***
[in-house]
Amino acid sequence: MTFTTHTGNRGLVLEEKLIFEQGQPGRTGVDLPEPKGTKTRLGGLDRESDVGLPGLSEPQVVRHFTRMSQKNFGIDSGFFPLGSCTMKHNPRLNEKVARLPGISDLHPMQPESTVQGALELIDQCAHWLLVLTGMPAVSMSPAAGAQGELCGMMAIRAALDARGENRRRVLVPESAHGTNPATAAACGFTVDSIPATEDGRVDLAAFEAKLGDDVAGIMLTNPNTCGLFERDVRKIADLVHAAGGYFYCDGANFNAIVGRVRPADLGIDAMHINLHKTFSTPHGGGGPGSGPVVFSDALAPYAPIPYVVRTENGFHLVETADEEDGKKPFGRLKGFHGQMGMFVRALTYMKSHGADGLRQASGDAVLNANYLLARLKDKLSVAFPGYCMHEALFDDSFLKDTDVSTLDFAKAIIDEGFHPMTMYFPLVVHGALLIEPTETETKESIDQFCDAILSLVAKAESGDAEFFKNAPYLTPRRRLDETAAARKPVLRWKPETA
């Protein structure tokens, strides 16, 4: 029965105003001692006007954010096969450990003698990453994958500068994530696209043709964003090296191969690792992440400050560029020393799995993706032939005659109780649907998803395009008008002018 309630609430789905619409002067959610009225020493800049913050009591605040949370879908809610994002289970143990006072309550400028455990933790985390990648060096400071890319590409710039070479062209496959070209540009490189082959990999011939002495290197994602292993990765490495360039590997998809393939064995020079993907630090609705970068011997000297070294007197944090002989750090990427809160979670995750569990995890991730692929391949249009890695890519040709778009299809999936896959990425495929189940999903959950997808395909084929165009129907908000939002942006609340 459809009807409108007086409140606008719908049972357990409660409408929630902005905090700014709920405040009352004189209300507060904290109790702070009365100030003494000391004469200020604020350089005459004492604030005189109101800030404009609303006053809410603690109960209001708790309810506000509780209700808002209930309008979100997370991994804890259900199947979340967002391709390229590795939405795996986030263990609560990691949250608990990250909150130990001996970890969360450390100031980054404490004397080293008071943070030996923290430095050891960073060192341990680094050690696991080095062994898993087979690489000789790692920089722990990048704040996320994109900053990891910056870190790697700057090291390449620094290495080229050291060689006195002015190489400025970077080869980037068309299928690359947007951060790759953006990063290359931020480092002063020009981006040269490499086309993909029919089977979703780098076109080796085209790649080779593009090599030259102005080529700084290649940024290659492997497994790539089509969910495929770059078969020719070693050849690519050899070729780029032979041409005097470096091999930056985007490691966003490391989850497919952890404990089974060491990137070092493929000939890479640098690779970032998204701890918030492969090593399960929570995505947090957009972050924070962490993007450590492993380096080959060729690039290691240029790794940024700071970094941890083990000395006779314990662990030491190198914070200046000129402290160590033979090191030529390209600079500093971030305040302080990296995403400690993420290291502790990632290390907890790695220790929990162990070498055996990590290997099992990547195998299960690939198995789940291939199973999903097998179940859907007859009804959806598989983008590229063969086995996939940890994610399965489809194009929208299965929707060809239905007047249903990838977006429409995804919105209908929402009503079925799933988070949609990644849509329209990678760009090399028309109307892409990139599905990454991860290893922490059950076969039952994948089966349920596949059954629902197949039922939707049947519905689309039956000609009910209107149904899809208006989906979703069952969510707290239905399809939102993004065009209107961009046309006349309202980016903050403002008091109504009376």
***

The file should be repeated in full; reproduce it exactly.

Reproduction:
[in-house]
Amino acid sequence: MTFTTHTGNRGLVLEEKLIFEQGQPGRTGVDLPEPKGTKTRLGGLDRESDVGLPGLSEPQVVRHFTRMSQKNFGIDSGFFPLGSCTMKHNPRLNEKVARLPGISDLHPMQPESTVQGALELIDQCAHWLLVLTGMPAVSMSPAAGAQGELCGMMAIRAALDARGENRRRVLVPESAHGTNPATAAACGFTVDSIPATEDGRVDLAAFEAKLGDDVAGIMLTNPNTCGLFERDVRKIADLVHAAGGYFYCDGANFNAIVGRVRPADLGIDAMHINLHKTFSTPHGGGGPGSGPVVFSDALAPYAPIPYVVRTENGFHLVETADEEDGKKPFGRLKGFHGQMGMFVRALTYMKSHGADGLRQASGDAVLNANYLLARLKDKLSVAFPGYCMHEALFDDSFLKDTDVSTLDFAKAIIDEGFHPMTMYFPLVVHGALLIEPTETETKESIDQFCDAILSLVAKAESGDAEFFKNAPYLTPRRRLDETAAARKPVLRWKPETA
């Protein structure tokens, strides 16, 4: 029965105003001692006007954010096969450990003698990453994958500068994530696209043709964003090296191969690792992440400050560029020393799995993706032939005659109780649907998803395009008008002018 309630609430789905619409002067959610009225020493800049913050009591605040949370879908809610994002289970143990006072309550400028455990933790985390990648060096400071890319590409710039070479062209496959070209540009490189082959990999011939002495290197994602292993990765490495360039590997998809393939064995020079993907630090609705970068011997000297070294007197944090002989750090990427809160979670995750569990995890991730692929391949249009890695890519040709778009299809999936896959990425495929189940999903959950997808395909084929165009129907908000939002942006609340 459809009807409108007086409140606008719908049972357990409660409408929630902005905090700014709920405040009352004189209300507060904290109790702070009365100030003494000391004469200020604020350089005459004492604030005189109101800030404009609303006053809410603690109960209001708790309810506000509780209700808002209930309008979100997370991994804890259900199947979340967002391709390229590795939405795996986030263990609560990691949250608990990250909150130990001996970890969360450390100031980054404490004397080293008071943070030996923290430095050891960073060192341990680094050690696991080095062994898993087979690489000789790692920089722990990048704040996320994109900053990891910056870190790697700057090291390449620094290495080229050291060689006195002015190489400025970077080869980037068309299928690359947007951060790759953006990063290359931020480092002063020009981006040269490499086309993909029919089977979703780098076109080796085209790649080779593009090599030259102005080529700084290649940024290659492997497994790539089509969910495929770059078969020719070693050849690519050899070729780029032979041409005097470096091999930056985007490691966003490391989850497919952890404990089974060491990137070092493929000939890479640098690779970032998204701890918030492969090593399960929570995505947090957009972050924070962490993007450590492993380096080959060729690039290691240029790794940024700071970094941890083990000395006779314990662990030491190198914070200046000129402290160590033979090191030529390209600079500093971030305040302080990296995403400690993420290291502790990632290390907890790695220790929990162990070498055996990590290997099992990547195998299960690939198995789940291939199973999903097998179940859907007859009804959806598989983008590229063969086995996939940890994610399965489809194009929208299965929707060809239905007047249903990838977006429409995804919105209908929402009503079925799933988070949609990644849509329209990678760009090399028309109307892409990139599905990454991860290893922490059950076969039952994948089966349920596949059954629902197949039922939707049947519905689309039956000609009910209107149904899809208006989906979703069952969510707290239905399809939102993004065009209107961009046309006349309202980016903050403002008091109504009376």